Today sees the first of two qualifying days for the 2010 Indianapolis 500 – better known as Pole Day. The qualifying schedule has for this year, been greatly reduced by the Indianapolis Motor Speedway from four sessions in order to reduce the costs for both venue and the teams participating; however it is has had the additional effect of reshaping the process of qualification for the teams. As noted in the first part of “Time” (published here last August), this is all part of the long road to rebuilding the fractured IndyCar series in the US and while some of the changes that are being made will rub against the grain of the traditionalists, the IndyCar Series must be seen to progress – if it does not, the result for single seater racing in America could be potentially catastrophic.
This year’s Indy 500 will also see the first participation for former-F1 pilot, Takuma Sato, who will be driving the joint KV Racing / Lotus Racing effort. Formula 1 drivers have rarely fared well at Indianapolis over the last few decade – Nigel Mansell apart, so many eyes will be on the ex-Super Aguri driver. Sato scored his sole Formula 1 podium at Indianapolis at the US Grand Prix in 2004 while driving for BAR Honda and it is a feat the Japanese driver will wish to repeat; however he may find himself against many obstacles, primarily his inexperience on oval circuits. Another familiar name competing will be former Minardi and Jaguar F1 man, Justin Wilson. The Englishman has been driving in the IRL since it swallowed up Champ Car in 2008 and was a driver in the now defunct series prior to that.
Prior to this season, qualifying at Indy for the 500-mile race was held over two weekends, with the top twenty-two positions decided over the second Saturday and Sunday of the month and the final eleven starting places decided the following weekend, including the often thrilling Bump Day taking place on the final qualifying Sunday. Only 33 drivers can start the event and with an average of 35 or 36 attempting to qualify; there were always going to those that went home disappointed. While that notion still exists in 2010, there has been an understanding that in the past few years those that did not make it were more often than not, simply lacking in the necessary skills to compete at any sort of heightened level; however a slowly strengthening series has raised the bar somewhat and for the first time in many seasons, those watching the tense qualifying show may see an unexpected early exit. This is partially due to the restructured qualifying set-up, but there is also a feeling that the overall quality of entrants this year is the highest it has been in many years as the unified category attracts a higher standard of racer.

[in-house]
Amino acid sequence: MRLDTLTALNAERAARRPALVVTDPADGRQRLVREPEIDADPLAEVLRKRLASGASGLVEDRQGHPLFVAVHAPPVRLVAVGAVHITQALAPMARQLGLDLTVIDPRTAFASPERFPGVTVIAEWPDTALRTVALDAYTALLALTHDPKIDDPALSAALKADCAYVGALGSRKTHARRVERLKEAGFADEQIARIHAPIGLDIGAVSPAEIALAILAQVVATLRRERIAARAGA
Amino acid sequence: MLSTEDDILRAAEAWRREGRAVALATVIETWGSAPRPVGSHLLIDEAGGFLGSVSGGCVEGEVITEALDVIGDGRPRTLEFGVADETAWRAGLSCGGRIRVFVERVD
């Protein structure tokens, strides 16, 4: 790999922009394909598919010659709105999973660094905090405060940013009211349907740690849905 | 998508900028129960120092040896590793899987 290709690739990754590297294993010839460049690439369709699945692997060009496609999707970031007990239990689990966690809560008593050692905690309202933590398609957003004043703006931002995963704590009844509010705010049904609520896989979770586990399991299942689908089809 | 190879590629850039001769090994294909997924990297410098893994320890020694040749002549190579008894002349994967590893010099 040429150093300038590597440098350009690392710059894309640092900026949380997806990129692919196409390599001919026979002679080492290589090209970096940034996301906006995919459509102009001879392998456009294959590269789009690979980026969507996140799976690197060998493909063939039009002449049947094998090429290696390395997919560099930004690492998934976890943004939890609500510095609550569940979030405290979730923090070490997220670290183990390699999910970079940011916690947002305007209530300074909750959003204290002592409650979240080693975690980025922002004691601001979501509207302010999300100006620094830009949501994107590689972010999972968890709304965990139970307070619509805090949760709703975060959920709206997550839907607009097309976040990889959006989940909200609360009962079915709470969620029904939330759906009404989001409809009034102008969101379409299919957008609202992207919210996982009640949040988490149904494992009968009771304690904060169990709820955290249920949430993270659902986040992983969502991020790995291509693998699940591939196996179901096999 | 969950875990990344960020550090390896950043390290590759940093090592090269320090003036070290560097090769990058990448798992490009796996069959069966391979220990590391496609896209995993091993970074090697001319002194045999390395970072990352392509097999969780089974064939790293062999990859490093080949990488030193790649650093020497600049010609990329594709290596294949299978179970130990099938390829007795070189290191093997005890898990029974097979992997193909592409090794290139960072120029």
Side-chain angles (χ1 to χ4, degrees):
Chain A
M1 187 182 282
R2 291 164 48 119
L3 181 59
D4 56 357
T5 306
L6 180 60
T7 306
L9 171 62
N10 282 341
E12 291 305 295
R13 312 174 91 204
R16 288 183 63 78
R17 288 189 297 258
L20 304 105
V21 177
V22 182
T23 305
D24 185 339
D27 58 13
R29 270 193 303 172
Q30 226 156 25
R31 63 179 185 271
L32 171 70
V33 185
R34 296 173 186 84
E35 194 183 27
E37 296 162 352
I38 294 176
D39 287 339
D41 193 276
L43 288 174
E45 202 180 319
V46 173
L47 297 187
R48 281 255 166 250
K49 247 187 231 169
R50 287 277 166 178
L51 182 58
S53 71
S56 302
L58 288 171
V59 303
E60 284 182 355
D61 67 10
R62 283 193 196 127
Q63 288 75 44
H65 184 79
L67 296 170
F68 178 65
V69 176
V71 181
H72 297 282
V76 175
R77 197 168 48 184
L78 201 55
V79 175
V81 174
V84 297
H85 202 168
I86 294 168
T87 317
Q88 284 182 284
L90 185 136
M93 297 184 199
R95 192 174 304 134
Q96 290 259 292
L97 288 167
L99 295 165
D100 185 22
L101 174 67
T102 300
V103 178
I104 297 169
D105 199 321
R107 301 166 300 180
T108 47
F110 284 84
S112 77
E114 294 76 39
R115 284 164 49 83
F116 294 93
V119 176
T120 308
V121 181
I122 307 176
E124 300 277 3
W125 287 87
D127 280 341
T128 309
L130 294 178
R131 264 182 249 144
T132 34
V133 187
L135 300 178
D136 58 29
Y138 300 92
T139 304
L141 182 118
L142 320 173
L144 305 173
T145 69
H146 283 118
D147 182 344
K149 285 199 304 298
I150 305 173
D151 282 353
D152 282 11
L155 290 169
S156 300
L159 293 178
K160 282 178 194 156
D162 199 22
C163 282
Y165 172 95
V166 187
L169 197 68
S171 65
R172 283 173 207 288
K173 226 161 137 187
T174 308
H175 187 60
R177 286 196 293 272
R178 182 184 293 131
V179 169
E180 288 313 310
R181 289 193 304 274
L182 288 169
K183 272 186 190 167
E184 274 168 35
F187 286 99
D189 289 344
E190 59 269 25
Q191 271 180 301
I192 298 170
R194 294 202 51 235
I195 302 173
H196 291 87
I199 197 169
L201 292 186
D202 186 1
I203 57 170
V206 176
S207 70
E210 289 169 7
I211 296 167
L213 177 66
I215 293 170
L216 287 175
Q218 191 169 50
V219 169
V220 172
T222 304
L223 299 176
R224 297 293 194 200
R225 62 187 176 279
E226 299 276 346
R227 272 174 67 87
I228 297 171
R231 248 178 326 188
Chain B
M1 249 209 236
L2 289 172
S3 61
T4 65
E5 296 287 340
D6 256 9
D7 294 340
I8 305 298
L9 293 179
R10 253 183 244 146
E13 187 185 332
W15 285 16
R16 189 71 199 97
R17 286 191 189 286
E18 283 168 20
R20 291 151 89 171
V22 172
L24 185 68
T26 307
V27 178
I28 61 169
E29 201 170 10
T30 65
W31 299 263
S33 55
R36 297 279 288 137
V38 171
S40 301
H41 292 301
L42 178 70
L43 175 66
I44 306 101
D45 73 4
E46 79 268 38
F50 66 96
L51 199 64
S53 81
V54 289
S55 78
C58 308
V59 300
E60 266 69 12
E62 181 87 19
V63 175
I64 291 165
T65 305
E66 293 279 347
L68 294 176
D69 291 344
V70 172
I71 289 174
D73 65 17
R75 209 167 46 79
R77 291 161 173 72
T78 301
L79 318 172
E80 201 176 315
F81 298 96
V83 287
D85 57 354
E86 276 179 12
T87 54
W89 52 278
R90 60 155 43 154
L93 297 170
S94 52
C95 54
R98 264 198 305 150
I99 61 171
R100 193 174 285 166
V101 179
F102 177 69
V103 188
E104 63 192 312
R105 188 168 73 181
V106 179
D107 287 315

Without wishing to cause offence to the likes of former backmarkers Marty Roth, Stanton Barrett or Jimmy Kite, it is highly questionable as to whether they could compete at a standard set by the likes of Alex Tagliani, EJ Viso or even the canny veteran, John Andretti. By the 2007 Indianapolis 500, the standard of many of the driver’s near the rear of the field was so poor that it was quite reminiscent of cast-offs of pre-qualifying in Formula 1 in the late 1980’s and early ’90’s. At that event Phil Giebler lined up in 33rd spot with an average speed of 219.6 miles per hour – a speed that may not get a driver even remotely close to the field three years on – that Giebler qualified his Honda-powered Playa Del Racing machine nearly a full 5mph faster than the bumped Kite was an example of the quality drop-off outside the running 33. It did not go unnoticed that some of the speeds for 33rd spot that were set during this week’s practice sessions, would have got a driver qualified on the edges of the top 20 during the previous decade; but what has changed in the time since and what makes this year so different?
For one, a realigned IndyCar series now has a slightly more focused driver path and line-up, and secondly the rearranged qualifying sessions has sharpened the tensions within the Indy 500 show somewhat. Although backmarkers such as Milka Duno still attach themselves to end of the field, the quality of driver that permeates through is much higher this time around and for the first time in many years, the first bumped driver (34th place) may well be in the 220 mph zone – a speed normally considered safe enough to qualify.
A New Qualifying Format